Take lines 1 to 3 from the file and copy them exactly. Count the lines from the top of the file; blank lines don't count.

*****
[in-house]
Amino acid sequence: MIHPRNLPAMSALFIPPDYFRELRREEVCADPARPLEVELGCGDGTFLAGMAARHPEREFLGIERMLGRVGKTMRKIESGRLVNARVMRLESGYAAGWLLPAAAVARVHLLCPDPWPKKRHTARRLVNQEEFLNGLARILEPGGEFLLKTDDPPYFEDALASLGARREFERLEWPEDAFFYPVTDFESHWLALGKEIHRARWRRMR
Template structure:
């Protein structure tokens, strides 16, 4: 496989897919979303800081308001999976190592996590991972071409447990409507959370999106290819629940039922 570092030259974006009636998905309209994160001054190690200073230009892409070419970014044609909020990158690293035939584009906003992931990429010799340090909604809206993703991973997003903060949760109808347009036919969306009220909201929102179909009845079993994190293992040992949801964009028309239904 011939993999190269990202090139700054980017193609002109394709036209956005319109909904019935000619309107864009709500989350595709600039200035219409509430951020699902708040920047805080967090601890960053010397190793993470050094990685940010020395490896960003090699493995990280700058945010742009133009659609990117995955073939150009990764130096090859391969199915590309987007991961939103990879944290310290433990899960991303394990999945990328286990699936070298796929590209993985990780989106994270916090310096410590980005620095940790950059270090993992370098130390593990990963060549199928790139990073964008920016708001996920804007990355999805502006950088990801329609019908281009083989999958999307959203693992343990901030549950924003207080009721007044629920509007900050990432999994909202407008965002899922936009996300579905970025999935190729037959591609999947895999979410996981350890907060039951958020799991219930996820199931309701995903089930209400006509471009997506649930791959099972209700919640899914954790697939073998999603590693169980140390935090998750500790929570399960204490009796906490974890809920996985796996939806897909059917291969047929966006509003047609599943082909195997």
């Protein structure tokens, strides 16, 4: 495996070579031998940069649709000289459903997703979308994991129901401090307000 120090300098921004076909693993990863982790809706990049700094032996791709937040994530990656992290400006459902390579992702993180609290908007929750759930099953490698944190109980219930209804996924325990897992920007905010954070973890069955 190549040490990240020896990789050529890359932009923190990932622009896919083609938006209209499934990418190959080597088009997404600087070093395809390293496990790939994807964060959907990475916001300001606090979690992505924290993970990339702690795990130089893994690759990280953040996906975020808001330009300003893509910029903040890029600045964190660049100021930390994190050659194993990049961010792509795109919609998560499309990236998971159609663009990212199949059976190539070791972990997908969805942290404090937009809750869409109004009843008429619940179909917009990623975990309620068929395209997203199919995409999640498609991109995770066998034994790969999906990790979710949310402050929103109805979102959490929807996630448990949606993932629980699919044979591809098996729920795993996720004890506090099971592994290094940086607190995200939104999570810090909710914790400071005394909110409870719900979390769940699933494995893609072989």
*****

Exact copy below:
[in-house]
Amino acid sequence: MIHPRNLPAMSALFIPPDYFRELRREEVCADPARPLEVELGCGDGTFLAGMAARHPEREFLGIERMLGRVGKTMRKIESGRLVNARVMRLESGYAAGWLLPAAAVARVHLLCPDPWPKKRHTARRLVNQEEFLNGLARILEPGGEFLLKTDDPPYFEDALASLGARREFERLEWPEDAFFYPVTDFESHWLALGKEIHRARWRRMR
Template structure: